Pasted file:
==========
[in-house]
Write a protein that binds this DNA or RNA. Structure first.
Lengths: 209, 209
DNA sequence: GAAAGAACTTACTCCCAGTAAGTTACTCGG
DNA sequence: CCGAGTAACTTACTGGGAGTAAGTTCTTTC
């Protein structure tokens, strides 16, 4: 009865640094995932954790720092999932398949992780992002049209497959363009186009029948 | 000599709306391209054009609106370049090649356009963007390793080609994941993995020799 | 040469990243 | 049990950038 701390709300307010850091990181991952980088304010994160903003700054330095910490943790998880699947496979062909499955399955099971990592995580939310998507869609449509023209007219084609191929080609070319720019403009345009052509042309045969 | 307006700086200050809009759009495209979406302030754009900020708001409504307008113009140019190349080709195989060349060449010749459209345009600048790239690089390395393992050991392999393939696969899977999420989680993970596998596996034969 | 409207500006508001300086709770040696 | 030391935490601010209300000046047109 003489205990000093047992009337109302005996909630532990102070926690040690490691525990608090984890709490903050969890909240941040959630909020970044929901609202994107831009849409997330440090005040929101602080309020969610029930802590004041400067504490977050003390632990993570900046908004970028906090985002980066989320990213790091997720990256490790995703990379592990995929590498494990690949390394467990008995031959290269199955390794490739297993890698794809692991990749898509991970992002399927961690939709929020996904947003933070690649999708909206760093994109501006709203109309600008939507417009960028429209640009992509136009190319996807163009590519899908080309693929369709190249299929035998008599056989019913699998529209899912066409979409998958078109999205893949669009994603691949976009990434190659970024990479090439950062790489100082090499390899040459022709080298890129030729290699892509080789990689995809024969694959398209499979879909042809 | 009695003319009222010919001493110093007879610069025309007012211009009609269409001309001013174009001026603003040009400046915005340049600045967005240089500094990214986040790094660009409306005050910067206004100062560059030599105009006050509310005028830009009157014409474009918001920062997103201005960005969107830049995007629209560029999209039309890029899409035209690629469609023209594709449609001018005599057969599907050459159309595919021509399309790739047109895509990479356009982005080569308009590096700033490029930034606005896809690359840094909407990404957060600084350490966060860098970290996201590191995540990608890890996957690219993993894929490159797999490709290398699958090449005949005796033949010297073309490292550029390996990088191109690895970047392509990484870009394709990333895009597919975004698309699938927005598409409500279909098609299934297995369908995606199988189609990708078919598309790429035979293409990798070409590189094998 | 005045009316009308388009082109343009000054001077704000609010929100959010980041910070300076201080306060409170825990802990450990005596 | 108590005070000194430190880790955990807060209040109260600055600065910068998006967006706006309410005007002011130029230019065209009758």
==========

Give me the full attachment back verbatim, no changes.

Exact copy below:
[in-house]
Write a protein that binds this DNA or RNA. Structure first.
Lengths: 209, 209
DNA sequence: GAAAGAACTTACTCCCAGTAAGTTACTCGG
DNA sequence: CCGAGTAACTTACTGGGAGTAAGTTCTTTC
């Protein structure tokens, strides 16, 4: 009865640094995932954790720092999932398949992780992002049209497959363009186009029948 | 000599709306391209054009609106370049090649356009963007390793080609994941993995020799 | 040469990243 | 049990950038 701390709300307010850091990181991952980088304010994160903003700054330095910490943790998880699947496979062909499955399955099971990592995580939310998507869609449509023209007219084609191929080609070319720019403009345009052509042309045969 | 307006700086200050809009759009495209979406302030754009900020708001409504307008113009140019190349080709195989060349060449010749459209345009600048790239690089390395393992050991392999393939696969899977999420989680993970596998596996034969 | 409207500006508001300086709770040696 | 030391935490601010209300000046047109 003489205990000093047992009337109302005996909630532990102070926690040690490691525990608090984890709490903050969890909240941040959630909020970044929901609202994107831009849409997330440090005040929101602080309020969610029930802590004041400067504490977050003390632990993570900046908004970028906090985002980066989320990213790091997720990256490790995703990379592990995929590498494990690949390394467990008995031959290269199955390794490739297993890698794809692991990749898509991970992002399927961690939709929020996904947003933070690649999708909206760093994109501006709203109309600008939507417009960028429209640009992509136009190319996807163009590519899908080309693929369709190249299929035998008599056989019913699998529209899912066409979409998958078109999205893949669009994603691949976009990434190659970024990479090439950062790489100082090499390899040459022709080298890129030729290699892509080789990689995809024969694959398209499979879909042809 | 009695003319009222010919001493110093007879610069025309007012211009009609269409001309001013174009001026603003040009400046915005340049600045967005240089500094990214986040790094660009409306005050910067206004100062560059030599105009006050509310005028830009009157014409474009918001920062997103201005960005969107830049995007629209560029999209039309890029899409035209690629469609023209594709449609001018005599057969599907050459159309595919021509399309790739047109895509990479356009982005080569308009590096700033490029930034606005896809690359840094909407990404957060600084350490966060860098970290996201590191995540990608890890996957690219993993894929490159797999490709290398699958090449005949005796033949010297073309490292550029390996990088191109690895970047392509990484870009394709990333895009597919975004698309699938927005598409409500279909098609299934297995369908995606199988189609990708078919598309790429035979293409990798070409590189094998 | 005045009316009308388009082109343009000054001077704000609010929100959010980041910070300076201080306060409170825990802990450990005596 | 108590005070000194430190880790955990807060209040109260600055600065910068998006967006706006309410005007002011130029230019065209009758």